Tennessee Becomes First State to Tax Sports Betting Handle
Posted on: May 31, 2023, 04:54h.
Last updated on: June 1, 2023, 01:00h.
Sportsbooks operating in Tennessee will soon begin paying taxes based on wagers rather than revenues. The new law goes into effect on July 1.
Tennessee Gov. Bill Lee (R) recently signed into law Senate Bill 475, which implements a first-of-its-kind state tax on sports betting handle, replacing a previous structure in which taxes were collected on revenues.
When the new law goes live, operators will be subject to a 1.85% tax on handle, the amount wagered each month, replacing a 20% tax on gross revenue. However, operators can also deduct a federal excise tax of .25% per wager before calculating the new state tax.
The new law also replaces a flat $750K renewal fee for operators with a tiered system, ranging from $375K to $750K, based on operator revenues. It will also eliminate the required 10% hold for sportsbooks.
The law makes several other changes, including renaming the regulatory agency from the Sports Wagering Advisory Council to the Sports Wagering Council.
State regulators determined that nine of 11 sportsbook operators in Tennessee did not meet the 10% hold requirement in 2022 and requested changes to the law. The new law faced little resistance earlier this yearas it moved through the legislature. It cleared the state House on a 75-7 vote in April, and was unanimously adopted by the state Senate shortly after that.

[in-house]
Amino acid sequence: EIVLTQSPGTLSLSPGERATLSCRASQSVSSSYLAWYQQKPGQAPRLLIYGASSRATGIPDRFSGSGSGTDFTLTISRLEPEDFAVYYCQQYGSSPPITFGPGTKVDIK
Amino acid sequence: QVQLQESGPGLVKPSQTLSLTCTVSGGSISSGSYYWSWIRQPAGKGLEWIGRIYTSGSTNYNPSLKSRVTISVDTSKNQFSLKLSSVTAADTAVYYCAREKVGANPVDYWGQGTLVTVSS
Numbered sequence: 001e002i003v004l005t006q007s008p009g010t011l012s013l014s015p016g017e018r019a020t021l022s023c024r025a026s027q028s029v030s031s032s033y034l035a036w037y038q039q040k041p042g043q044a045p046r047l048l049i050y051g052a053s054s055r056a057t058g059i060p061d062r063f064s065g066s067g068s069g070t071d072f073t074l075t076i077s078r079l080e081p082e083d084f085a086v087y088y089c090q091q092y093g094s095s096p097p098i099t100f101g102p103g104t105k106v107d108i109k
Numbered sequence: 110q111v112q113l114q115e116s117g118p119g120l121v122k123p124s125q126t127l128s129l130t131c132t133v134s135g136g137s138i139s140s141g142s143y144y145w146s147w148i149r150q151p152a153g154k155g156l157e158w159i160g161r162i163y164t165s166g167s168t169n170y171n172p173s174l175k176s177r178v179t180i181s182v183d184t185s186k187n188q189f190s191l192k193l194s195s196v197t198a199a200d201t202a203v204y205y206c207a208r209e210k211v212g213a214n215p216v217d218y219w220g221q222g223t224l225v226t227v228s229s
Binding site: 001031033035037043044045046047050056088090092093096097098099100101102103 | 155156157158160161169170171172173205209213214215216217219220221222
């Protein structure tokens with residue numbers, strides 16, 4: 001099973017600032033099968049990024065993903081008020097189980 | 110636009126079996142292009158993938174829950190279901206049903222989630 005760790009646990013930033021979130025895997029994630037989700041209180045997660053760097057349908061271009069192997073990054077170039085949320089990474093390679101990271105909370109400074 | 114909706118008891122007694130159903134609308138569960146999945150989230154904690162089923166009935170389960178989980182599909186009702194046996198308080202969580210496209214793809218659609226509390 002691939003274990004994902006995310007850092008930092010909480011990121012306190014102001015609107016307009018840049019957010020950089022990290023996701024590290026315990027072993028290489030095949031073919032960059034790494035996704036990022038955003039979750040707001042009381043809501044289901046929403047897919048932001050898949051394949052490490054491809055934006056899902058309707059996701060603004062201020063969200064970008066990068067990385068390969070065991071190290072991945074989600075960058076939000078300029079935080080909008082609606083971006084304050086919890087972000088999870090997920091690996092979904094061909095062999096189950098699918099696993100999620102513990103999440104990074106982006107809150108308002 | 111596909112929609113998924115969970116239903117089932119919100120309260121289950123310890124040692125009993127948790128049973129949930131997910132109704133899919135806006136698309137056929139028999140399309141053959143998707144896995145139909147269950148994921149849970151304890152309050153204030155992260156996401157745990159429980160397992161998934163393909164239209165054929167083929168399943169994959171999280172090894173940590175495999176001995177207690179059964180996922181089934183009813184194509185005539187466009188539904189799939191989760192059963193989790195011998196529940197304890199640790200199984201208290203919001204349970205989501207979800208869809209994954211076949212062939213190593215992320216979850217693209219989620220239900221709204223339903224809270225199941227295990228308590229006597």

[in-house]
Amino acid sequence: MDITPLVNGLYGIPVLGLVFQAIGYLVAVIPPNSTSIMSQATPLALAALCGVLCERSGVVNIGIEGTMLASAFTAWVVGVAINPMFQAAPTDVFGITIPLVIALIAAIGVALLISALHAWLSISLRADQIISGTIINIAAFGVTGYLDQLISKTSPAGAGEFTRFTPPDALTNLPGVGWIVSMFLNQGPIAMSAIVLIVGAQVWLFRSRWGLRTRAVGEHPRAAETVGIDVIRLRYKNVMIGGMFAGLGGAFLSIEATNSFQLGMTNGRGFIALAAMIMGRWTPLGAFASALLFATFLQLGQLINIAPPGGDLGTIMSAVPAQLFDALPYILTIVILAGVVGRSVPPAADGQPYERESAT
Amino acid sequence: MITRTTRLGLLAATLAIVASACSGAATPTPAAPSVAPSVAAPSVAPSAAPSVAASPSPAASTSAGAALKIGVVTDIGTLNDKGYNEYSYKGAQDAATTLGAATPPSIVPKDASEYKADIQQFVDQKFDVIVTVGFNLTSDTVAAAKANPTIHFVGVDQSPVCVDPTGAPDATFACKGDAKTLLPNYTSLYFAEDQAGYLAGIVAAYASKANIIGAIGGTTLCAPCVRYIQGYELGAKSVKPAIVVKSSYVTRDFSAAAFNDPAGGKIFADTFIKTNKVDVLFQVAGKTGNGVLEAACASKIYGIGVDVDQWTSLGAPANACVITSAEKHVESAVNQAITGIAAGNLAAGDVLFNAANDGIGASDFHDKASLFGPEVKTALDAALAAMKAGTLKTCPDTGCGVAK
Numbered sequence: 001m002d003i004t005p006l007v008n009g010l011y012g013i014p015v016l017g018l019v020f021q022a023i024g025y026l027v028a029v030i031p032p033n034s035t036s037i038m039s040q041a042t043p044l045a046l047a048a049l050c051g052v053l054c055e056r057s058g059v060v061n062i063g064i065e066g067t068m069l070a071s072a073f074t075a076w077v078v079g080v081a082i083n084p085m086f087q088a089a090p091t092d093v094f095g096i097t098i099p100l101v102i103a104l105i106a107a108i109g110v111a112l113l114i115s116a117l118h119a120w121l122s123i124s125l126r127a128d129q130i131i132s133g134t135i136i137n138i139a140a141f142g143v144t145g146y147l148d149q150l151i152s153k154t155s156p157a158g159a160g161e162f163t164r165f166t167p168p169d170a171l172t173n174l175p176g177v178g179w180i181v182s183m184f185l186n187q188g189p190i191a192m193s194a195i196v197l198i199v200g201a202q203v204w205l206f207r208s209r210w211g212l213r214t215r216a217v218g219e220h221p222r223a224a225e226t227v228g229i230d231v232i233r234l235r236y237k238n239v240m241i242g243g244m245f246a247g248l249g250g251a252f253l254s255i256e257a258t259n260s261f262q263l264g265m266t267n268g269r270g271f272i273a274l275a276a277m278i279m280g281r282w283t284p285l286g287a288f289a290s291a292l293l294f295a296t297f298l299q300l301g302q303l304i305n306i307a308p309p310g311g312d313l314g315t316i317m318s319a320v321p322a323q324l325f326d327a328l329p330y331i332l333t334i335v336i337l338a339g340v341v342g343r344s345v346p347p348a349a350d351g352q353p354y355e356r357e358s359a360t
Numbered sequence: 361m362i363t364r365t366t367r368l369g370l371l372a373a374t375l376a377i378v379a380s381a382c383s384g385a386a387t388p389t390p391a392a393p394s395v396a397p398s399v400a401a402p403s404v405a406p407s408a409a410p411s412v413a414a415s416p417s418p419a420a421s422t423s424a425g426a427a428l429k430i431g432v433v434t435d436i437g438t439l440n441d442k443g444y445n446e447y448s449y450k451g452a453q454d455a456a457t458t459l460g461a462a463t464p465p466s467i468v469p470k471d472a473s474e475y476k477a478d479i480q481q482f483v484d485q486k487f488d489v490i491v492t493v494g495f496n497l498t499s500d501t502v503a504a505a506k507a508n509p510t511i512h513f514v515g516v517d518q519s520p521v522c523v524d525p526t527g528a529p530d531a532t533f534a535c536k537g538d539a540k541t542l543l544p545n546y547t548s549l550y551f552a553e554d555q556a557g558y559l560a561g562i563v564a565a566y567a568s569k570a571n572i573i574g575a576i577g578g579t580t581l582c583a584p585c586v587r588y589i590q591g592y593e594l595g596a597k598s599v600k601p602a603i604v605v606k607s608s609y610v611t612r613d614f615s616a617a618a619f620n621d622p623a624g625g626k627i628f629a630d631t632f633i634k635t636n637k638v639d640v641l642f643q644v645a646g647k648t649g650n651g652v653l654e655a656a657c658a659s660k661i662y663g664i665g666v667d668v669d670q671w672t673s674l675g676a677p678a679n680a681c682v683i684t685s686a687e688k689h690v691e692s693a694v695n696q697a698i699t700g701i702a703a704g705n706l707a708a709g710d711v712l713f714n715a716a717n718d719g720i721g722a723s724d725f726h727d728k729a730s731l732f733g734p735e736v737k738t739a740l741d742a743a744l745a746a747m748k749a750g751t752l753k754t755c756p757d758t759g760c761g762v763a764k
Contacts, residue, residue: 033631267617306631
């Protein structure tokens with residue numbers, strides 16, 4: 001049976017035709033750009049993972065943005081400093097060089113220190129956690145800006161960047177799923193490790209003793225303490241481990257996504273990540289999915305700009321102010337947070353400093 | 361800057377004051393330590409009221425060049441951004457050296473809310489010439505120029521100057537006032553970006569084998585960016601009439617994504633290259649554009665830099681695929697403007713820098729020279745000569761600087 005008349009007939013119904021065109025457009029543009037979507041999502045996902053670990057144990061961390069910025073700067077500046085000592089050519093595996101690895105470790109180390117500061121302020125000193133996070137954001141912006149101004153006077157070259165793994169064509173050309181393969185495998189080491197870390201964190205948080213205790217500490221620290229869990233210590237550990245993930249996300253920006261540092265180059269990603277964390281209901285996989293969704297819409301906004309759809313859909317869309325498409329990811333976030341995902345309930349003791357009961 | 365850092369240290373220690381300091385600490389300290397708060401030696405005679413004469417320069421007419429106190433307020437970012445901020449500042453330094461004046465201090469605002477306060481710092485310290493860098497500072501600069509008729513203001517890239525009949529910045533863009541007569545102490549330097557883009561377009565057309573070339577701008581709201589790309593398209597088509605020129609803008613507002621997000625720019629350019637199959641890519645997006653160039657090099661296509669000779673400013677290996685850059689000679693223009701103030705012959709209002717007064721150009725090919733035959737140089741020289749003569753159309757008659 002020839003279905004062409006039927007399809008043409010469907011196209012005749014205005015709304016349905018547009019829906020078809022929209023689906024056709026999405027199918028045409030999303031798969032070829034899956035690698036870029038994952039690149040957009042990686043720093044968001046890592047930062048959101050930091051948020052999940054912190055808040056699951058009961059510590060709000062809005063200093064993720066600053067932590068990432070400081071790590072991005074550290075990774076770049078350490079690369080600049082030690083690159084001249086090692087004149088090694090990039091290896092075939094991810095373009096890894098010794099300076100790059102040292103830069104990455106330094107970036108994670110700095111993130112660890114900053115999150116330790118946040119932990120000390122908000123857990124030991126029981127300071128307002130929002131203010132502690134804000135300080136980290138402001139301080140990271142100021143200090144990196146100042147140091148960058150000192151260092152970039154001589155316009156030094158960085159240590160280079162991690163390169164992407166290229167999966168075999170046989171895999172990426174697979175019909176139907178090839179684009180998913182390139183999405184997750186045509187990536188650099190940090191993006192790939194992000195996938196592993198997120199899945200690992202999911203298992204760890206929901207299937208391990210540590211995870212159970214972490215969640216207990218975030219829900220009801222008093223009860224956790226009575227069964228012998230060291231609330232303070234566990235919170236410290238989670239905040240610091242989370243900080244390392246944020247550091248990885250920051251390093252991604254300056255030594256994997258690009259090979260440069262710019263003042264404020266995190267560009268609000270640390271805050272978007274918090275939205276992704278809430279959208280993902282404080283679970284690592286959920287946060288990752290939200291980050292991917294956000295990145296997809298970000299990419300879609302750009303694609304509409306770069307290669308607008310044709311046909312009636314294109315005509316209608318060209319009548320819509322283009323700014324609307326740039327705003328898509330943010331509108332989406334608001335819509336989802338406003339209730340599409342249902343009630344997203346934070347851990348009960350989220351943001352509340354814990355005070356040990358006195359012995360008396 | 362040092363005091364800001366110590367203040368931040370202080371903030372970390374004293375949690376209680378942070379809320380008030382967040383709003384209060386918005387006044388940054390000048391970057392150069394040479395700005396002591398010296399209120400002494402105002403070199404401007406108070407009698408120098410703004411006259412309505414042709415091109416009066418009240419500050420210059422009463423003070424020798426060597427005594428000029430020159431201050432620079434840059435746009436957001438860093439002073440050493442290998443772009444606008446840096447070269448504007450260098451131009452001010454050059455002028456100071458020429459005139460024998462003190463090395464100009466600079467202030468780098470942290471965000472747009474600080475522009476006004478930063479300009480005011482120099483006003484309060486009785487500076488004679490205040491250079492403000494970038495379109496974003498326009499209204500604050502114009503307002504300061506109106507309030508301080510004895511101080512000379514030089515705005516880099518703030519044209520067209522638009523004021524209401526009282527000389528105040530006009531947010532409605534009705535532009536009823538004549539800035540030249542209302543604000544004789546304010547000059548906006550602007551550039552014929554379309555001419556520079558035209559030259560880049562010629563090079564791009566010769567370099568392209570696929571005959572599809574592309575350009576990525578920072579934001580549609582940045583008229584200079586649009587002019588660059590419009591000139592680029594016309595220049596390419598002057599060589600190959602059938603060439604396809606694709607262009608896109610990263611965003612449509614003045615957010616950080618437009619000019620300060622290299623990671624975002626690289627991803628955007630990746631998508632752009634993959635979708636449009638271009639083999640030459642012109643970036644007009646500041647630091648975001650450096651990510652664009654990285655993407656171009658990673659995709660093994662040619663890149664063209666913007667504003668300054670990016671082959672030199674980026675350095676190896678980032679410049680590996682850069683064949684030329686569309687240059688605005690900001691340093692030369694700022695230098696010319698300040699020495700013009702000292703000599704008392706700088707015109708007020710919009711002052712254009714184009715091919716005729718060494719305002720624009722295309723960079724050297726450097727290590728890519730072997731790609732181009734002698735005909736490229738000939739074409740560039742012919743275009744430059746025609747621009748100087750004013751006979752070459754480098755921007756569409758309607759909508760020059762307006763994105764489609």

Big Names on the Table
The industry appears to be taking a muted approach to the new law, and it remains to be seen whether Tennessee’s approach will serve as a model for other states. Sportsbooks haven’t publicly weighed in on the bill since its passage. Tennessee allows only online betting and has no brick-and-mortar operations.
There are 12 operators licensed to take bets in the state: Bally Bet, Barstool Sportsbook, Betly, BetMGM, Caesars Sportsbook, DraftKings, Fanatics, FanDuel, Hard Rock, SuperBook, Tennessee Action 24/7, and WynnBET.
The Sports Betting Alliance, a trade association whose members include most leading sports books, spent between $50K and $110K on lobbyists and lobbying expenses in Tennessee this year, according to state records. Tennessee Action 24/7 spent between $25K and $50K, and Penn National Gaming, which owns Barstool Sportsbook, spent less than $10K, according to its own disclosure filings. The expenses cover all issues, not just the sports betting legislation. None of the organizations that disclosed lobbying expenditures responded to Casino.org’s requests for comment Wednesday.
No other sportsbook operators disclosed any lobbying expenses related to amusement, games, or sports legislation in the state this year, according to a search of the disclosure filings maintained by the Tennessee Ethics Commission.
In April, the most recent month for which data is available, Tennessee bettors wagered $318 million at sportsbooks in the state, according to the Sports Wagering Advisory Council (SWAC). Sportsbooks’ adjusted gross income for the month was $32 million, and the state collected $6 million in taxes under the old system.
Wagering was down from nearly $393 million in March, when the NCAA Men’s Basketball Tournament likely boosted receipts.
The state does not report financial data from individual operators.
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